Former Rep. Keith RothfusKeith James RothfusGOP grapples with chaotic Senate primary in Pennsylvania The Hill's Morning Report - Presented by Facebook - Biden talks up bright side beneath omicron's cloud Former GOP Rep. Keith Rothfus eyeing Pennsylvania Senate race MORE (R-Pa.) is weighing a bid for retiring Sen. Pat ToomeyPatrick (Pat) Joseph ToomeyConservatives are outraged that Sarah Bloom Raskin actually believes in capitalism Meet Washington's most ineffective senator: Joe Manchin Black women look to build upon gains in coming elections MORE’s (R-Pa.) seat next year.
Rothfus, who lost reelection in 2018 after court-ordered redistricting put him in contention with fellow Rep. Conor Lamb (D-Pa.), told NBC News that he is “exploring if there is a path into this race, particularly for someone who has represented Western Pennsylvania in the past.”
“The question is: What is the path to this?" Rothfus said. “I’m taking a close look at it and I’ve been on the phone a lot.”
If Rothfus jumps into the Senate race in Pennsylvania, he would add to an already-crowded Republican primary field that grew even bigger on Tuesday with the entrance of celebrity physician Mehmet Oz.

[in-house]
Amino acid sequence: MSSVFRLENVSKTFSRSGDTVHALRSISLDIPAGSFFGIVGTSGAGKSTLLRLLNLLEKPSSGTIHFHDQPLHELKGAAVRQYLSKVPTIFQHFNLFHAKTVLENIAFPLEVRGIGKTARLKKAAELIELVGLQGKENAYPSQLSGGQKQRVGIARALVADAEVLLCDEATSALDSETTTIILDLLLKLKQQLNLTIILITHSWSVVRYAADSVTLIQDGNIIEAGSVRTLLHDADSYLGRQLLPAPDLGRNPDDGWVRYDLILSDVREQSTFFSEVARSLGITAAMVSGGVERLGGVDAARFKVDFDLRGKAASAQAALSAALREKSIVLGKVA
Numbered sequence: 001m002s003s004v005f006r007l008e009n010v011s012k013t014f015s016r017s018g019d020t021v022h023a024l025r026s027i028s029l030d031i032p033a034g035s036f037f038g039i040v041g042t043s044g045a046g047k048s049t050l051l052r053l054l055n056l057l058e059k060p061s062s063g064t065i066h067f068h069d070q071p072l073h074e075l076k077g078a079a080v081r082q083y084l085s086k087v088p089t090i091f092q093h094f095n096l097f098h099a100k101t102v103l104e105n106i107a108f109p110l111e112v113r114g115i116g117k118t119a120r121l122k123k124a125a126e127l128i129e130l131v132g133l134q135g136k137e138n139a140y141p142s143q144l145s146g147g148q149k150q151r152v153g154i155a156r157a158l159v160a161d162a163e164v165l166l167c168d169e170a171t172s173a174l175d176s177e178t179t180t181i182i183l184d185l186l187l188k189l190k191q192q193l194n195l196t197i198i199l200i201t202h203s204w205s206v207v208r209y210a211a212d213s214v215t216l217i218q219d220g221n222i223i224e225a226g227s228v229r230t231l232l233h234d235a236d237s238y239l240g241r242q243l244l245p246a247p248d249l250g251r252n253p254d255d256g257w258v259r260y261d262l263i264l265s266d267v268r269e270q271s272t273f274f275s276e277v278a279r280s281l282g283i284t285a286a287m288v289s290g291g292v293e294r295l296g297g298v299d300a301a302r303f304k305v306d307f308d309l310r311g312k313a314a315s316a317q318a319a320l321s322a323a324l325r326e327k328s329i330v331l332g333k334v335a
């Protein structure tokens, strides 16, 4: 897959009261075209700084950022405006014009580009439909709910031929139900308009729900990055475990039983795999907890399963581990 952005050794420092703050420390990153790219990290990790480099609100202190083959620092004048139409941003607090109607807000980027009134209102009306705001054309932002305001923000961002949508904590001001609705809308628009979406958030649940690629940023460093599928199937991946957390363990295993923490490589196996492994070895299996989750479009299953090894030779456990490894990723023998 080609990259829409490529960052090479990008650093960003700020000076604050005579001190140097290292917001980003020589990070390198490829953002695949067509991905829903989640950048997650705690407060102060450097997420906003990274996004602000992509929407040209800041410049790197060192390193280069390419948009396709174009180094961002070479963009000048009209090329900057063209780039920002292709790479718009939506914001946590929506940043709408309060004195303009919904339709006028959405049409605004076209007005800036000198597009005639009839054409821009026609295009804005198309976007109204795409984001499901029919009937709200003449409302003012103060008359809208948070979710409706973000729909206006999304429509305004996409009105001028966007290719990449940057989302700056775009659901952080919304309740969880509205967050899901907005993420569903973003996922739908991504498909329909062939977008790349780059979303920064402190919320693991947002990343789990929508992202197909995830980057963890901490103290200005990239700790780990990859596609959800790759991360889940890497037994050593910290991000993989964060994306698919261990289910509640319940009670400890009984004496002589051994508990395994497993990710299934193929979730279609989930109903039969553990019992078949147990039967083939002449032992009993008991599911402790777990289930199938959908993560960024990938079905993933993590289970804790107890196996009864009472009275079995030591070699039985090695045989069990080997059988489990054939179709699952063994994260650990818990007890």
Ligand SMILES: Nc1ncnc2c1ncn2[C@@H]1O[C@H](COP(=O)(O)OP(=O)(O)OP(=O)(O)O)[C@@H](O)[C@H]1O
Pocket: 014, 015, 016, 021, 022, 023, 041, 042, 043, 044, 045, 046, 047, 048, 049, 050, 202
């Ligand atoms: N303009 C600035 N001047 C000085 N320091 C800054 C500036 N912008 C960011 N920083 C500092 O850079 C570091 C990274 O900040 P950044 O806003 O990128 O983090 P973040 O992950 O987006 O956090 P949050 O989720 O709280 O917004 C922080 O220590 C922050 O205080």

More than half a dozen other Republicans are also seeking the GOP nomination to succeed Toomey, including real estate developer Jeff Bartos and former Ambassador to Denmark Carla Sands.
The Senate race in Pennsylvania is among the most competitive of the 2022 midterm election cycle. Given Toomey’s retirement plans, Democrats see the seat as one of their best opportunities to expand their razor-thin Senate majority, while Republicans are eager to hold onto it as they look to retake control of the upper chamber.
The GOP primary field was thrown into flux last week after Sean Parnell, who had been endorsed by former President Donald TrumpDonald TrumpDeputy AG: DOJ investigating fake Trump electors Former Boston Red Sox star David Ortiz elected to Baseball Hall of Fame Overnight Health Care — Senators unveil pandemic prep overhaul MORE, suspended his campaign after a judge granted his estranged wife primary physician and sole legal custody of their three children.
Before that, Parnell had faced months of damaging headlines, including allegations that he had physically and verbally abused his wife and children. He has forcefully denied those allegations.
While Parnell had been seen as the likely frontrunner in the Republican Senate primary, his exit from the race leaves the GOP nominating contest wide open, giving potential new entrants like Rothfus a possible path to victory in the primary.